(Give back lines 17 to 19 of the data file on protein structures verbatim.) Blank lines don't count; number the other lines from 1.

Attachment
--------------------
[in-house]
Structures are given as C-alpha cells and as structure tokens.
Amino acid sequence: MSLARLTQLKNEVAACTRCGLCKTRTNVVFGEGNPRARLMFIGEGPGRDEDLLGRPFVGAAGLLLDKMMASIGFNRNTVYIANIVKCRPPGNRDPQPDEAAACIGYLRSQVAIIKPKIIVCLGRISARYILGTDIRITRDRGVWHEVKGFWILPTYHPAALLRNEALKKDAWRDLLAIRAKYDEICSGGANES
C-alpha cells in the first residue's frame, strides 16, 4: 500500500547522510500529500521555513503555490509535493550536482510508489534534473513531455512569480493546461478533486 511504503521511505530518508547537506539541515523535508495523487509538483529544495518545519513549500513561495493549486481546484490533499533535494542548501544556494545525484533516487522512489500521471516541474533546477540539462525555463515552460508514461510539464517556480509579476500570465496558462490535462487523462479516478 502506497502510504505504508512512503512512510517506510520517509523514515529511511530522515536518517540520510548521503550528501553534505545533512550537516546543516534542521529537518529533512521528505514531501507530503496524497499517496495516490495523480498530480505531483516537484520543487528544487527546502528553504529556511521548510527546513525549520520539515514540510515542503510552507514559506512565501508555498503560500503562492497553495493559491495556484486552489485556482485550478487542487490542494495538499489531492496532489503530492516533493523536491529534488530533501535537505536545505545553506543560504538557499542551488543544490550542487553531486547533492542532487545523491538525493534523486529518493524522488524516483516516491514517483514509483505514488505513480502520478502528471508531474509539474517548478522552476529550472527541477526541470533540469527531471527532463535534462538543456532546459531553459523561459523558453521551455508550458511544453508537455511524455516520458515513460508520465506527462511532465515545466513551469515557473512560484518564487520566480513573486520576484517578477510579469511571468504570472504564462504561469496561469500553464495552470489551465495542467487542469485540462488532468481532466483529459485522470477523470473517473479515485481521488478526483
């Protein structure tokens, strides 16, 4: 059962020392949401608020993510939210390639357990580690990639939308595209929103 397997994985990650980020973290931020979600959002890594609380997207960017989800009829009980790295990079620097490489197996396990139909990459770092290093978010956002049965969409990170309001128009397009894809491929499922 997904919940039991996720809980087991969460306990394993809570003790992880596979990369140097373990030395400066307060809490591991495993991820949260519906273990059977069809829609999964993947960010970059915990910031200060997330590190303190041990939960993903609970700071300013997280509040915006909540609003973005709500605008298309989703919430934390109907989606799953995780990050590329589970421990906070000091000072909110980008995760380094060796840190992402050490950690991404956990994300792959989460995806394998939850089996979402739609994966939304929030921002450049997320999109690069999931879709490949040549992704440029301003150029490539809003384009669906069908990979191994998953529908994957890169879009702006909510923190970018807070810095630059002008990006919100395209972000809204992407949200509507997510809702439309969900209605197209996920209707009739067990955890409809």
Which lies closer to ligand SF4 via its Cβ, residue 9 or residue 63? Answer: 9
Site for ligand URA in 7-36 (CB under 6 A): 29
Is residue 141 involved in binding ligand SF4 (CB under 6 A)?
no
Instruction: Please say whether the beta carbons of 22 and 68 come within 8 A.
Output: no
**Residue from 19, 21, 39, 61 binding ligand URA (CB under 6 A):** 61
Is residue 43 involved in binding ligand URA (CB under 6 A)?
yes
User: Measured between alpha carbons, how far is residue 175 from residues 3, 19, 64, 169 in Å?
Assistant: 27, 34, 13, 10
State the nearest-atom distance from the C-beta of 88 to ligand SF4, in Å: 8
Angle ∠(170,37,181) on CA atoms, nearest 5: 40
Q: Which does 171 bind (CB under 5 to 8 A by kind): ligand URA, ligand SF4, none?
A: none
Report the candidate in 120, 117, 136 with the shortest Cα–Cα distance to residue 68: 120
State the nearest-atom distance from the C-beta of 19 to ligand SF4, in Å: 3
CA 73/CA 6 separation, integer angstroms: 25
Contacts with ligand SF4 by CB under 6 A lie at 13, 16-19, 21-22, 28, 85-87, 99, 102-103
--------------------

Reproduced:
State the nearest-atom distance from the C-beta of 88 to ligand SF4, in Å: 8
Angle ∠(170,37,181) on CA atoms, nearest 5: 40
Q: Which does 171 bind (CB under 5 to 8 A by kind): ligand URA, ligand SF4, none?